“Or a building site,” I chipped in, finally letting their puppy-dog enthusiasm infect me. I reached into the box of pushpins and took one out. I was about to stick it into the map when Dad grabbed my arm. “Wait!” he yelled.


  “Look!” he said, ignoring the fact that I had a coffee-stained tea towel wrapped over my eyes. I pulled the towel off and rubbed my face.

  I saw it right away. A butterfly, fluttering over the map. It must have flown in through the window.

  “It’s beautiful,” Mom said.

  “I’ve never seen markings like that before,” Dad added, silently bending over the table. “So intricate.”

  “So pretty,” I said, watching as it flew the length of the map, twisting this way and that, in tight little circles and figure eights. Its wings buzzing and vibrating, it hovered just above the map, as though searching for the perfect place to land.

  It finally chose a spot in the top corner of the map, and we all leaned in to take a closer look.

  “Careful,” Mom whispered. “Don’t want to frighten it away.”

  The butterfly maneuvered slowly across the map, wings open, like an airplane taxiing to the runway. Its wings were so delicate. They looked as though they’d been made from the thinnest silk in the world and decorated with the tiniest brushes that could possibly exist. Dark purple lines wriggled all around the tips, which were dotted with baby pink spots. Dark purple faded to ocean blue at the center of each wing.

>   “Amazing,” I said.

  “Nature’s incredible, isn’t it?” Dad murmured.

  “Hang on a sec.” Mom tilted her head to peer under the butterfly on the map. “Look at that,” she said.

  “We are looking at it,” Dad said with a laugh. “Can’t you see us? This is us looking at it.”

  “Not at the butterfly!” Mom said, pointing at the map. “At where it’s landed.”

  The map showed a patch of green bushes and stick pictures of trees, with a straggly blue line weaving in between them.

  “A forest with a river running through it,” Dad said. “What about it?”

  “It’s exactly what we’re looking for!” Mom said.

  “It’s certainly not in the middle of a city,” I said.

  “Or in the middle of the ocean,” Dad added, winking at me.

  “Or a building site!” Mom concluded.

  “Ravenleigh Woods,” I read from just below the butterfly’s wings. “Sounds nice.”

  “Doesn’t it?” Mom said dreamily. “Kind of romantic.”

  “That’s where we’re going, then?” Dad asked.

  Mom and I looked at each other. The butterfly fluttered its wings. “Yes!” I said.

  “Why not?” Mom agreed. “A butterfly’s as good as a pushpin.”

  Which is quite a strange thing to say, if you think about it, but I rarely question the way my parents’ minds work. At this point I was just happy a decision had been made. Anything that meant we could get rid of the maps that were beginning to take over the house.

  “Good. I agree. I’ll start checking out local B&Bs,” Dad said. He squeezed my hand before pulling Mom over toward him. Twirling her in a circle, he danced her across the kitchen floor. Mom’s skirt flowed around her as Dad spun her. While they giggled and whirled around the kitchen, I started putting away the maps.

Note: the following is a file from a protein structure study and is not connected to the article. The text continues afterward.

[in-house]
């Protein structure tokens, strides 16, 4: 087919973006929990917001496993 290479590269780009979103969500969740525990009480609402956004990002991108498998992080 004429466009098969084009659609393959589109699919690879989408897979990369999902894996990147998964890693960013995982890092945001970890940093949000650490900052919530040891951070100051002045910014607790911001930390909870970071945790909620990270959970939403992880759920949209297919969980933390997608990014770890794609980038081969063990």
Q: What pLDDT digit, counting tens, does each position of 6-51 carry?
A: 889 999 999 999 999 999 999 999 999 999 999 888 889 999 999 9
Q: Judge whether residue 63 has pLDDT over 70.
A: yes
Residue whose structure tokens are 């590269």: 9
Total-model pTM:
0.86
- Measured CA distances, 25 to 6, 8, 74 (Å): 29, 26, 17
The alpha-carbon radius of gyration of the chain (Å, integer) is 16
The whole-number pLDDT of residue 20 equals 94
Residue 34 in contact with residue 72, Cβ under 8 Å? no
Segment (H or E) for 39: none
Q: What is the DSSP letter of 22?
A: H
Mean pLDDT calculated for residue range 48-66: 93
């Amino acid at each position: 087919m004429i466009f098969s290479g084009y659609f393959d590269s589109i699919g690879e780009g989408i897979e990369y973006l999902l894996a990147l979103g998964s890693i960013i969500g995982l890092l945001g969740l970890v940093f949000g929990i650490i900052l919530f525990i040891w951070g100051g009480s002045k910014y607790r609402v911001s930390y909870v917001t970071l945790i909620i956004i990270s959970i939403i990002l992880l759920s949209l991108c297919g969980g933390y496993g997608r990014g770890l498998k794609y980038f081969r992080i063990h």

The butterfly was still sitting in the same spot. I stopped and looked at it again. It turned to face me, its tiny, goggly bug eyes trained on mine.

  “Hey, I know you’re only a butterfly and all that, but you just did me a big favor,” I said. “It’s taken us three days to make that decision!”

  And you know what? A moment later, I swear the butterfly replied. I mean, I know that it didn’t really give an actual reply — obviously. It was probably the wind blowing through the window, ruffling the maps. But it sounded like words. And it sounded as though it came from the butterfly.

  See you there.

  I glanced over my shoulder to see if Mom and Dad had heard it, but they were too busy jiving around the kitchen to notice anything else. It was just the wind. I laughed at myself. I was at it again.

  You see, an incredible thing happened to me a little while ago. I had a fairy of my very own! Honestly, it’s true. Well, she wasn’t actually mine. Daisy always made sure to point out that she didn’t belong to me — but she was on an assignment that involved giving me three wishes. By the time she’d finished, it had become more than an assignment. We became like real friends — best friends, even.

  That was months ago now, and it seemed I still couldn’t stop hoping to find magic everywhere. To be honest, it was more that I wanted Daisy to come back. I looked for evidence of fairies and magic in everything. I was even trying to convince myself that a butterfly had talked to me now! I laughed out loud as I looked back at the map.

  But, just for fun, I whispered back, “Yeah, see you there.”

  The second I’d spoken, the butterfly slowly opened and closed its wings, as if it were clapping. Then it inched up off the map, rising like a helicopter. It was almost as though it had waited for me to reply before leaving.

  A moment later, it flew straight out the window — and was gone.

  I shook my head, laughing quietly at myself. Then I folded up the map and thought nothing more of it.

  I waited on the highest branch of the farthest tree in the forest, as I’d been told. The view was incredible from up here. The tops of the trees waved in the breeze, their leaves rustling softly, as though they were whispering to the rest of the forest to be quiet.